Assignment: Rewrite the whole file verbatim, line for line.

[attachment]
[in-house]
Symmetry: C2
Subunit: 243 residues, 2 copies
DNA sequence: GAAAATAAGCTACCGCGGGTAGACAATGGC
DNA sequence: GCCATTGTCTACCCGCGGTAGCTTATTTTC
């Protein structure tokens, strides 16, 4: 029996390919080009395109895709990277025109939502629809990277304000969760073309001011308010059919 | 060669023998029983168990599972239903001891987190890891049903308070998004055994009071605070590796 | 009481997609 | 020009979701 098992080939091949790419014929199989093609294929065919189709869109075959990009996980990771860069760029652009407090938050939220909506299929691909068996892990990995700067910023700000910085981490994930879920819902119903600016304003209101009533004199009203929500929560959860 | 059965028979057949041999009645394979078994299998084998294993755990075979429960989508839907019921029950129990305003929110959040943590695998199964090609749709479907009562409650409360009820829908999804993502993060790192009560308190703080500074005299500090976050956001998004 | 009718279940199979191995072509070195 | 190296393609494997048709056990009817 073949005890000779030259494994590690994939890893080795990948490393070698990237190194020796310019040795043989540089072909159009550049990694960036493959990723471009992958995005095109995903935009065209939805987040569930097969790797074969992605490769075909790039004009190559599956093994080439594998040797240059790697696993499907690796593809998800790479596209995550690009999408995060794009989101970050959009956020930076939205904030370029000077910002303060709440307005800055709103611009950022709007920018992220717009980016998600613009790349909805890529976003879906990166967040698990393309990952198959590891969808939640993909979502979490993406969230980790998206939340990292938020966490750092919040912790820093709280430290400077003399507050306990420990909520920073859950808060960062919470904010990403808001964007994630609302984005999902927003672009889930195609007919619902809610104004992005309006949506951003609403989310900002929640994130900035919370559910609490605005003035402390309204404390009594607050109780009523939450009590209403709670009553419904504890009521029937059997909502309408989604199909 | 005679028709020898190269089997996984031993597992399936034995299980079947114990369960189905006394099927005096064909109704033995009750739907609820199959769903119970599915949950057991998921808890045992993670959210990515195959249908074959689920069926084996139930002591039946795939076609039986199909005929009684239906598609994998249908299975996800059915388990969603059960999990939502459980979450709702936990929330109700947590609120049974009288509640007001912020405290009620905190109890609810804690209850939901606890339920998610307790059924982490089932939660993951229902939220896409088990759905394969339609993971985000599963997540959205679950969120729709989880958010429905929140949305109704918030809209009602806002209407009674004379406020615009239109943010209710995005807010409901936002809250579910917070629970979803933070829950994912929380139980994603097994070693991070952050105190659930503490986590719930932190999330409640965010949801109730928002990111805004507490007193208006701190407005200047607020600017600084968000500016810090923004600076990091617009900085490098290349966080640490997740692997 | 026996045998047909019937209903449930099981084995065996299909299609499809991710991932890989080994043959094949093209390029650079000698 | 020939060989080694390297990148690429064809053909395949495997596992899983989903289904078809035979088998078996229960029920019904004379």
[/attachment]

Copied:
[in-house]
Symmetry: C2
Subunit: 243 residues, 2 copies
DNA sequence: GAAAATAAGCTACCGCGGGTAGACAATGGC
DNA sequence: GCCATTGTCTACCCGCGGTAGCTTATTTTC
């Protein structure tokens, strides 16, 4: 029996390919080009395109895709990277025109939502629809990277304000969760073309001011308010059919 | 060669023998029983168990599972239903001891987190890891049903308070998004055994009071605070590796 | 009481997609 | 020009979701 098992080939091949790419014929199989093609294929065919189709869109075959990009996980990771860069760029652009407090938050939220909506299929691909068996892990990995700067910023700000910085981490994930879920819902119903600016304003209101009533004199009203929500929560959860 | 059965028979057949041999009645394979078994299998084998294993755990075979429960989508839907019921029950129990305003929110959040943590695998199964090609749709479907009562409650409360009820829908999804993502993060790192009560308190703080500074005299500090976050956001998004 | 009718279940199979191995072509070195 | 190296393609494997048709056990009817 073949005890000779030259494994590690994939890893080795990948490393070698990237190194020796310019040795043989540089072909159009550049990694960036493959990723471009992958995005095109995903935009065209939805987040569930097969790797074969992605490769075909790039004009190559599956093994080439594998040797240059790697696993499907690796593809998800790479596209995550690009999408995060794009989101970050959009956020930076939205904030370029000077910002303060709440307005800055709103611009950022709007920018992220717009980016998600613009790349909805890529976003879906990166967040698990393309990952198959590891969808939640993909979502979490993406969230980790998206939340990292938020966490750092919040912790820093709280430290400077003399507050306990420990909520920073859950808060960062919470904010990403808001964007994630609302984005999902927003672009889930195609007919619902809610104004992005309006949506951003609403989310900002929640994130900035919370559910609490605005003035402390309204404390009594607050109780009523939450009590209403709670009553419904504890009521029937059997909502309408989604199909 | 005679028709020898190269089997996984031993597992399936034995299980079947114990369960189905006394099927005096064909109704033995009750739907609820199959769903119970599915949950057991998921808890045992993670959210990515195959249908074959689920069926084996139930002591039946795939076609039986199909005929009684239906598609994998249908299975996800059915388990969603059960999990939502459980979450709702936990929330109700947590609120049974009288509640007001912020405290009620905190109890609810804690209850939901606890339920998610307790059924982490089932939660993951229902939220896409088990759905394969339609993971985000599963997540959205679950969120729709989880958010429905929140949305109704918030809209009602806002209407009674004379406020615009239109943010209710995005807010409901936002809250579910917070629970979803933070829950994912929380139980994603097994070693991070952050105190659930503490986590719930932190999330409640965010949801109730928002990111805004507490007193208006701190407005200047607020600017600084968000500016810090923004600076990091617009900085490098290349966080640490997740692997 | 026996045998047909019937209903449930099981084995065996299909299609499809991710991932890989080994043959094949093209390029650079000698 | 020939060989080694390297990148690429064809053909395949495997596992899983989903289904078809035979088998078996229960029920019904004379």